Shirley knew little about her large biological family until she reunited with her brothers and sisters in her 20s. It was impossible by then to make up for the years of lost connection with her Aboriginal family and culture.
As a baby in the early 1970s Shirley had been removed from her mother’s care and placed with a foster family. For 12 years, she lived with Betty and Jim Langer in rural New South Wales. The household was also comprised of: Sharon, a foster child eight years older than Shirley; Tim, the couple’s biological son; and Kevin, a son from Betty’s first marriage.
When she was five years old, Shirley was sexually abused by Kevin, who was then aged about 17. The event was witnessed, and Kevin was ‘kicked out of the house’.
Two years later, Jim Langer began sexually abusing Shirley. The home was configured so that the two girls’ rooms were joined, and Jim sexually abused both her and Sharon.
Shirley was sure Betty knew about the abuse because of things she’d said indirectly about her husband, and because when Shirley later obtained her Department of Community Services (DOCS) files, they documented multiple visits to the office by Betty to make complaints about Jim. On each occasion Betty left before being questioned.
‘The only time I ever remember [DOCS] workers talking to me by myself was when my mum died and they came and told me at the school’, Shirley said.
‘Betty and Jim never allowed anything to do with me, they had to be present. I was not allowed to be by myself. They made it clear to DOCS that I was a very unstable child, that I was scared of anything to do with Indigenous.
‘Apparently after my mum died, my grandmother had come to find me and she had put in placement trying to get us back, with me at that time, and they lied and … said I’d been bashed by Indigenous people and I was scared, and that was the reason why it wasn’t healthy for me to see anyone to do with Indigenous. Obviously, that was my family so that was their little loophole.’
When Shirley was 13 she got drunk one day, and told a friend that Jim had been sexually abusing her for eight years. The friend told her mother, who immediately went to DOCS and the police. By then, Betty and Jim had separated and Jim had been living with Sharon, who had children to him.
Jim was charged, found guilty of ‘child molestation’, and incarcerated. Shirley didn’t know what sentence he received, but he was out of jail after four months. She thought the police were good, but was disappointed that only one charge was brought, despite statements by both her and Sharon. ‘I would have liked to see him convicted for what he actually did.’ She felt she hadn’t had enough time to tell her story properly in court because ‘they wanted to hear all the big details and a lot of other stuff got left behind’.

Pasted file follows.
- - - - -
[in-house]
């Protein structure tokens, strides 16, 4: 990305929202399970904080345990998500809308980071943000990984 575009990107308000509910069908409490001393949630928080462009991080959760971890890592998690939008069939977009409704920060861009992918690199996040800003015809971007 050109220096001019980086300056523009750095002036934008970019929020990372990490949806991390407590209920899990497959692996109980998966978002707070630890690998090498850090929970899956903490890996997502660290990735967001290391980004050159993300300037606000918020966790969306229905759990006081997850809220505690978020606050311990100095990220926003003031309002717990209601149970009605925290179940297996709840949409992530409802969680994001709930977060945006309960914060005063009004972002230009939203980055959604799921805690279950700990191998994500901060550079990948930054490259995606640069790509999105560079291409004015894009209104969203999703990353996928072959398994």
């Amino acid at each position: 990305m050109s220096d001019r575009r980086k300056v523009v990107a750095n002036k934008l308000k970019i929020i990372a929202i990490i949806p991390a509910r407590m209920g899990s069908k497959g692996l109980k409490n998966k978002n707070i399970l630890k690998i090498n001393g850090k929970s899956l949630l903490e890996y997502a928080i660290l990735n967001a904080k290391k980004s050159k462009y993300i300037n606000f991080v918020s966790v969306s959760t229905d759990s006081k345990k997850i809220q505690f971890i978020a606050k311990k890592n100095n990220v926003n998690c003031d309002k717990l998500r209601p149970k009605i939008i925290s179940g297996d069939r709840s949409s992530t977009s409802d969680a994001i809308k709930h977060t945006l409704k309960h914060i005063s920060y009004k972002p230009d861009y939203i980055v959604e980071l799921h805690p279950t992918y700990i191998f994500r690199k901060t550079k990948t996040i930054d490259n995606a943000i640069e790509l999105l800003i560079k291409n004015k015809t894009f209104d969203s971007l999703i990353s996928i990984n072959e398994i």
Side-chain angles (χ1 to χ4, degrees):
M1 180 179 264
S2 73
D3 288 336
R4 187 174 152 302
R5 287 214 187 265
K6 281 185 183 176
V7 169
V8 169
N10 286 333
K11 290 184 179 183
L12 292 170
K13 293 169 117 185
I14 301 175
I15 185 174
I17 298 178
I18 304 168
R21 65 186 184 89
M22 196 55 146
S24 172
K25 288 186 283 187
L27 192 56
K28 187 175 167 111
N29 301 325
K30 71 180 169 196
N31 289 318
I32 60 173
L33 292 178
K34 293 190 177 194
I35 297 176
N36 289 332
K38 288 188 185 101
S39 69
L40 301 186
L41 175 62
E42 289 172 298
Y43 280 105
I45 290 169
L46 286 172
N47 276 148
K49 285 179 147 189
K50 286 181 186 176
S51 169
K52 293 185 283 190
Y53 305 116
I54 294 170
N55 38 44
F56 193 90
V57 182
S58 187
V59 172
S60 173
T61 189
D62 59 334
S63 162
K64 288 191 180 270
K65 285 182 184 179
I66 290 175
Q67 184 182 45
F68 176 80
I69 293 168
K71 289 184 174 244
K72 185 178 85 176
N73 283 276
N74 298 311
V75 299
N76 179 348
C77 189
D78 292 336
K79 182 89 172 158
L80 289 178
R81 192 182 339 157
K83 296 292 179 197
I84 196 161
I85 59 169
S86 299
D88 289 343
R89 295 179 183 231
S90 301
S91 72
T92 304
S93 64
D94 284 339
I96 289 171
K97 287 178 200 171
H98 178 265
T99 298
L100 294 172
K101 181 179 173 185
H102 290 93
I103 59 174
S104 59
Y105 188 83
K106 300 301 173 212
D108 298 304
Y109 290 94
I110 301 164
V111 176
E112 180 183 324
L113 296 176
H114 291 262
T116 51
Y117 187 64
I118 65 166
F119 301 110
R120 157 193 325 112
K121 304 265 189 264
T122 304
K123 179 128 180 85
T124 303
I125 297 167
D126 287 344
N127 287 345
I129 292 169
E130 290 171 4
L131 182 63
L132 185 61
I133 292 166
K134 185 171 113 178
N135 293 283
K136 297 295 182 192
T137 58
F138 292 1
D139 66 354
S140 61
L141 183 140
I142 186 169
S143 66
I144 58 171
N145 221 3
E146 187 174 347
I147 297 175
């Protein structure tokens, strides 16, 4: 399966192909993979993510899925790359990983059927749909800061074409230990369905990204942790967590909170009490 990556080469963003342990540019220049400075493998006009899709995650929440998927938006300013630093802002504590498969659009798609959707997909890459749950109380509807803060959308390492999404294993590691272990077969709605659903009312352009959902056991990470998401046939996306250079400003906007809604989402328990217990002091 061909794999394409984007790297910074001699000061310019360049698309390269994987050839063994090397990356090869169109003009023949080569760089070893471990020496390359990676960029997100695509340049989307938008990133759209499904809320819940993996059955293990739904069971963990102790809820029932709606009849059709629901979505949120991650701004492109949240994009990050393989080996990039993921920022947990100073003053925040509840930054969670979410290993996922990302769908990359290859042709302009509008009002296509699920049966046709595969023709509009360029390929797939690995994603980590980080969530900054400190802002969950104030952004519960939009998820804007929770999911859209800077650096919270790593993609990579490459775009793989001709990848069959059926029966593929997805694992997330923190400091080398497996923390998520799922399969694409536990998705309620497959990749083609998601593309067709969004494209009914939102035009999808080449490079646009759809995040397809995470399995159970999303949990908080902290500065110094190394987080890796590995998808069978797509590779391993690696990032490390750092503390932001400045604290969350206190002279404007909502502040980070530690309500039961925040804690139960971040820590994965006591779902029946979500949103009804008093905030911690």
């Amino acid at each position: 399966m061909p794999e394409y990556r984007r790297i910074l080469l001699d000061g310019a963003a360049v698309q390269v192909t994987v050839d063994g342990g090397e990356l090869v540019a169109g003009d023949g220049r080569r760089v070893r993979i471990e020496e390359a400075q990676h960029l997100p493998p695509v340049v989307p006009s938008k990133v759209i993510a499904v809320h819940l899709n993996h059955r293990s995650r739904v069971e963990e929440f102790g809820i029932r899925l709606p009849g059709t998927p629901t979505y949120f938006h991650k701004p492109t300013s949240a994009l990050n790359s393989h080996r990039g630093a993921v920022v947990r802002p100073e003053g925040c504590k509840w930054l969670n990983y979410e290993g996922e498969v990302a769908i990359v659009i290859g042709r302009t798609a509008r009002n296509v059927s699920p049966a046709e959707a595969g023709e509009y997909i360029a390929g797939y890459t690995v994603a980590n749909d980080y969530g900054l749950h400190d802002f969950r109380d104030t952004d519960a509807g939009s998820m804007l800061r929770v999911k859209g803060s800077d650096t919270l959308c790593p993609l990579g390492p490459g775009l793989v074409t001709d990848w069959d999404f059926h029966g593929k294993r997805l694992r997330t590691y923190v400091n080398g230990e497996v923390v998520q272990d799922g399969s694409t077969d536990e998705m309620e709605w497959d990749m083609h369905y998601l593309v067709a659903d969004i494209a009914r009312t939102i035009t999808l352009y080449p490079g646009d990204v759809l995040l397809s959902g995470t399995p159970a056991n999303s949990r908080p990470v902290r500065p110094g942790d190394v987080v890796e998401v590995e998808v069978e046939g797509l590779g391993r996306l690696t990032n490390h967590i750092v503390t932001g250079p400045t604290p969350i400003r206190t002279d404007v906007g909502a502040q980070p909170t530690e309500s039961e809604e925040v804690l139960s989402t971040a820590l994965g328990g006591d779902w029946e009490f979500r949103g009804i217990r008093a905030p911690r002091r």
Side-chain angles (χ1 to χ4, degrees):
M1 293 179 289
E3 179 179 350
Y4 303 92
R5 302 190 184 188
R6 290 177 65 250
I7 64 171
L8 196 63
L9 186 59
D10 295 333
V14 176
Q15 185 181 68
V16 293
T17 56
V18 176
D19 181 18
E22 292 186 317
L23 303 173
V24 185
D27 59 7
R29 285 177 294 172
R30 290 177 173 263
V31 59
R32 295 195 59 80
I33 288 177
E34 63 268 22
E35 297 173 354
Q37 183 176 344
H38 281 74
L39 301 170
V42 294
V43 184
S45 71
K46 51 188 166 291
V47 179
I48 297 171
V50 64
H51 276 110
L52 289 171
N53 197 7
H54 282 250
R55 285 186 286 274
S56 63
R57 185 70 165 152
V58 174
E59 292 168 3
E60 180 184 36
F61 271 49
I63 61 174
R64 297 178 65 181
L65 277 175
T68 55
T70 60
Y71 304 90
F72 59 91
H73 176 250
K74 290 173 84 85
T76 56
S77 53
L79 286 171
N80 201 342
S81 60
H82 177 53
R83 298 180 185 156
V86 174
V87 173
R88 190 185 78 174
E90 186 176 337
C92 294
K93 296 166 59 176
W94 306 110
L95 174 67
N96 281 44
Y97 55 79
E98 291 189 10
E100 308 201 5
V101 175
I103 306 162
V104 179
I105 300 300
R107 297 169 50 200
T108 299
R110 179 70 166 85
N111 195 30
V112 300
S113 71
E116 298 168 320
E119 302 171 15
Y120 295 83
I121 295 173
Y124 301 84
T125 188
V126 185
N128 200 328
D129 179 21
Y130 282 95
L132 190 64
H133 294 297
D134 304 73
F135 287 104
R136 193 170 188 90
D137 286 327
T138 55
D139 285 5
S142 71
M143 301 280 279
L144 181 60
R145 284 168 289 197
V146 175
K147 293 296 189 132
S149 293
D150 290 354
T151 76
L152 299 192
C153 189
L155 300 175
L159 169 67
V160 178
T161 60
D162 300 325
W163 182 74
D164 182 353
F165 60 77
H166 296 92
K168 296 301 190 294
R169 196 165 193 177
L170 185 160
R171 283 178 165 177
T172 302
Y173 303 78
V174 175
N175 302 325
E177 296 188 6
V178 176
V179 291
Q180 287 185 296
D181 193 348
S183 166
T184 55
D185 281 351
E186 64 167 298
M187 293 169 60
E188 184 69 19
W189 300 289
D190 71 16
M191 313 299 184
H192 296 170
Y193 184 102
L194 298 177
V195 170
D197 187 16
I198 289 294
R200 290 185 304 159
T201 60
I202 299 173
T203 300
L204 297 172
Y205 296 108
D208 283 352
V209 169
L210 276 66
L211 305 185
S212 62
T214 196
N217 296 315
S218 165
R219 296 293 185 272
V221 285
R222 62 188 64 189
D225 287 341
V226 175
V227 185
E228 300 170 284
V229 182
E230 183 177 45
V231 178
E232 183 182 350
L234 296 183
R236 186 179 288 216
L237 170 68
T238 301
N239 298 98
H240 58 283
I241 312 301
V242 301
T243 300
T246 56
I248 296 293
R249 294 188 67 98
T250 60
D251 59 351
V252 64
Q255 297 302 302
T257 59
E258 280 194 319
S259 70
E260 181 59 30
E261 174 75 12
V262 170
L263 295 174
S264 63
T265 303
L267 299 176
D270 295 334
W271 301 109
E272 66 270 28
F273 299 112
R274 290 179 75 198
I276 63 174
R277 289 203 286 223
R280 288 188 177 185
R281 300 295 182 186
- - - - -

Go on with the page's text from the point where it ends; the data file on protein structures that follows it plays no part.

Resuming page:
Shirley described the impact of the sexual abuse as devastating, particularly in her teens and twenties. She was angry all the time and very violent, didn’t have friends, and only lasted till Year 9 at school because her life ‘never really stabilised’.
One early positive influence Shirley identified was being placed into the care of an Aboriginal family at the age of 16. In subsequent decades, she’d worked through counselling, study and employment programs to get her life to a point she described as being ‘comfortable with simple things’.
She now has a loving partner and three children with whom she has a good relationship. ‘Kids had a lot to do with changing my ways. I don’t want to be yelling at my kids.’ She’s told her children ‘surface stuff’ about her early life but didn’t want to go into detail. ‘I don’t want to trouble them and have them being sad over their mother’s life.’
Shirley thinks there are still concerns about safety for children raised in foster care, particularly those in geographically isolated locations. She only ever went on one camp as a child and it had been organised by the school. There was a place for DOCS she believed in making sure children in foster care had the opportunity to be with others in similar situations. ‘What could have helped us is other children, who could have mentored us, like a buddy system.’
She believes DOCS also needed to cut the red tape so that a child could contact their family of origin without having to go through so many barriers. ‘That one little thing becomes such a big thing because then you’ve got the foster carers explaining it and then you know the children are feeling that effect straightaway: negative. “Oh it’s me, it’s all me”. That one little thing.’